Social media policies: why you can't yell "fire" on the internet

Social media policies: why you can't yell "fire" on the internet

Attorney Ellen Frantz received a call years ago from a man fired because of a photo posted of him and others on a coworker’s Facebook page.

After questions, he admitted they pretended to urinate on food produced by his company – while in work uniforms.

“Sorry,” she told him. “That’s a reputation issue for the company. There was nothing wrong with firing you for that.”

The situation illustrates the importance for companies to review their social media policies and for every worker to realize what they do on Facebook and Twitter may affect their careers.

“Policies should have guidelines about what they should or should not do,” Frantz said. “Employers should also state employees may not harass or bully coworkers via social media.”

Social media use is not a freedom of speech issue, she added. “Free speech always has limitations. You have the right to say whatever you want, but you cannot yell fire in a crowded theater.”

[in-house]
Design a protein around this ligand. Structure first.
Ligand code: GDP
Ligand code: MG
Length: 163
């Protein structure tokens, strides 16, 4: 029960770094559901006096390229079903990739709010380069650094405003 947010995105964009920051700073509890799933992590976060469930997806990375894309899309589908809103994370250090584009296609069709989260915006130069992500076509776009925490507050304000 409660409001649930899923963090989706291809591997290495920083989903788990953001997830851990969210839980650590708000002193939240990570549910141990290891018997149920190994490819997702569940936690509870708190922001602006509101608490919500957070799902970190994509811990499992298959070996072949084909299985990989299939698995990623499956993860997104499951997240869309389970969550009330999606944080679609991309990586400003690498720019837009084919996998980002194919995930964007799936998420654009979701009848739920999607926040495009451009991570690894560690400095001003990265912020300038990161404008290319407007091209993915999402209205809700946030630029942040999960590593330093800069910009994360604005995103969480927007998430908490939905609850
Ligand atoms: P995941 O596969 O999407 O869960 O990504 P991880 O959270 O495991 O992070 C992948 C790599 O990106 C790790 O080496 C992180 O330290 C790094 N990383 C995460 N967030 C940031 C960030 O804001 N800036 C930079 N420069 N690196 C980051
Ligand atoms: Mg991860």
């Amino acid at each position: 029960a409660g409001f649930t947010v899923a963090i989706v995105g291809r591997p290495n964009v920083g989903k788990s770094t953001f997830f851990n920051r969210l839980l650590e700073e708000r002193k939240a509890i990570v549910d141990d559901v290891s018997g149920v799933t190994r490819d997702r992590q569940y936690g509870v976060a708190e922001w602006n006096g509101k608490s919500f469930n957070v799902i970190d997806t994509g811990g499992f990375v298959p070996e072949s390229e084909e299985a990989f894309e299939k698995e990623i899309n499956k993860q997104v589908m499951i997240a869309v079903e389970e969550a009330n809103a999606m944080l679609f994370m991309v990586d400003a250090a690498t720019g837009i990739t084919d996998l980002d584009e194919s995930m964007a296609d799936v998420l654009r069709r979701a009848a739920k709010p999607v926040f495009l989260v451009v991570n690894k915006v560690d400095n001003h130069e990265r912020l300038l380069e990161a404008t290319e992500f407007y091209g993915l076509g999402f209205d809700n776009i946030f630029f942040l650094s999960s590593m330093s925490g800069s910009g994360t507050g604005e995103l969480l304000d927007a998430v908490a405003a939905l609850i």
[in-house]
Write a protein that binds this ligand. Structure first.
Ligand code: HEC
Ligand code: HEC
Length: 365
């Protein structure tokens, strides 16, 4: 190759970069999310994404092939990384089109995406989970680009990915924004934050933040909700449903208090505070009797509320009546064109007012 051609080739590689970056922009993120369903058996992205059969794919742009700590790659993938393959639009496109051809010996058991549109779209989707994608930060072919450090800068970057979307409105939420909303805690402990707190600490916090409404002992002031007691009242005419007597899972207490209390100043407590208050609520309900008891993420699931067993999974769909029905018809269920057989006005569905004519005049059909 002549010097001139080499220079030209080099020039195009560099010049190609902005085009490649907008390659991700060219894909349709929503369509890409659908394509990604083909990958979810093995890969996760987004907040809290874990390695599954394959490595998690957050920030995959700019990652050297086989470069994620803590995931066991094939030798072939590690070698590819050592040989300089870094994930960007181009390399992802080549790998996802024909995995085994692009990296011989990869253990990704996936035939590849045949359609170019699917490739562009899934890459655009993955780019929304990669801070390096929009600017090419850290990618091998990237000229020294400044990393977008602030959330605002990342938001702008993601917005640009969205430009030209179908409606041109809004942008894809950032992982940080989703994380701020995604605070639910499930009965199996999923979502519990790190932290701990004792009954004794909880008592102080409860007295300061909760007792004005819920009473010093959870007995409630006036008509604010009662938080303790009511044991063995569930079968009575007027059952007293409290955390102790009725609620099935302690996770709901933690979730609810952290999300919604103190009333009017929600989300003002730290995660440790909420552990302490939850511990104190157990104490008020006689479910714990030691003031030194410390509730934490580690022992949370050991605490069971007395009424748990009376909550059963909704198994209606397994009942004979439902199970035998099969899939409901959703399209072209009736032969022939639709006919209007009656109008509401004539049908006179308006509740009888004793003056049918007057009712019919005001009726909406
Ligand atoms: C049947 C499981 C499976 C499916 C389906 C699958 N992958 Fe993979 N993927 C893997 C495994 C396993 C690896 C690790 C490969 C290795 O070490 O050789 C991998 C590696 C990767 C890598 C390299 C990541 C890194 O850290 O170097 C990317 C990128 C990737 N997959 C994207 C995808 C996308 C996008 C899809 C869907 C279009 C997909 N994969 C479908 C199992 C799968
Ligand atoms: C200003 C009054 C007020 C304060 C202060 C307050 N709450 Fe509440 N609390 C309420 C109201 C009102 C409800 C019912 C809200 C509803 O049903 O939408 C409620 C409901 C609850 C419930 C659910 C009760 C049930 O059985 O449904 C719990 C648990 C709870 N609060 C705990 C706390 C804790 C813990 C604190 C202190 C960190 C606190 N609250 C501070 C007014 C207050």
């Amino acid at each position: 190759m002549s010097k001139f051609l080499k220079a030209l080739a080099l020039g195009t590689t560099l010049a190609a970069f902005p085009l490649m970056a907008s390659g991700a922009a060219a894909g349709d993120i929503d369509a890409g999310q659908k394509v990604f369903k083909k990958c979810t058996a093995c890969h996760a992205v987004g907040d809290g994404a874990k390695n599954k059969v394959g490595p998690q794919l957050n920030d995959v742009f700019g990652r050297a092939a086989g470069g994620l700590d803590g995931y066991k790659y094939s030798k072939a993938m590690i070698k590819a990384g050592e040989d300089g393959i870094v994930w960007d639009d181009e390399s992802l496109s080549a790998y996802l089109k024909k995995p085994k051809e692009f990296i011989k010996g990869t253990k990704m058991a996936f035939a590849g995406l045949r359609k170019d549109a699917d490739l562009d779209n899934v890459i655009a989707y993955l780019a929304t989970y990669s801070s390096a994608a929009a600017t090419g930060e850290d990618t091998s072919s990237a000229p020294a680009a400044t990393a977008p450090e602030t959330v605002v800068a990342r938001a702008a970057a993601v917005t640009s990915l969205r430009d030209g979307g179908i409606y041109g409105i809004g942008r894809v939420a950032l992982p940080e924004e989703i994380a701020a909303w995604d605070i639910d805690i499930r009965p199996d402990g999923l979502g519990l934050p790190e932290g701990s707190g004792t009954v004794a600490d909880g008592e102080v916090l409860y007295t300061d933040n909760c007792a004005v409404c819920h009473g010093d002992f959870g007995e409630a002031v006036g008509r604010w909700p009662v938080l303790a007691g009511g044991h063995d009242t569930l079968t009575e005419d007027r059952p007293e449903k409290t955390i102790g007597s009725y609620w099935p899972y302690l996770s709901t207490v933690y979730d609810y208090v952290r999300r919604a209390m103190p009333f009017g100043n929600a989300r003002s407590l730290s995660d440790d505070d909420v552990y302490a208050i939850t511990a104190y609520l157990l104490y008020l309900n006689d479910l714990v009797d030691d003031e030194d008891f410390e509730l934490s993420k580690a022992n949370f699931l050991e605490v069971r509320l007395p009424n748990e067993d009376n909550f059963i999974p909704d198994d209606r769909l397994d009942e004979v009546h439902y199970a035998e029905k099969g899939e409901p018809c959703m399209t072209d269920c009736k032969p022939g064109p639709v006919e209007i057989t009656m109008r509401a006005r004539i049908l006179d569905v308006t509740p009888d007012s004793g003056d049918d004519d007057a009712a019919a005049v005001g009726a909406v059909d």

Could an employer be sued for disciplining or firing a worker for what was on that person’s Facebook page? The employee may find a remedy by filing a complaint with the National Labor Relations Board.   

“If you prohibit employees from using social media to talk about issues important to them at work, you may violate the National Labor Relations Act,” she said.

That’s true even if the business has no union. In the past, the NLRB became involved if an employer tried to suppress an employee’s right to hold meetings about work conditions or unionizing. Now “meetings” are held online through social media. That may mean the posts are protected – if they are about organizing and work conditions and not just gripes about the boss.

“Review your policies. This is a developing trend,” Frantz said. “The social media world is changing all the time.”

ISocial media policies: why you can't yell "fire" on the internetnformation provided by Ellen Frantz, La Crosse Employment Lawyer in La Crosse WI. If you need a local employment lawyer, call her at 608-784-5678.


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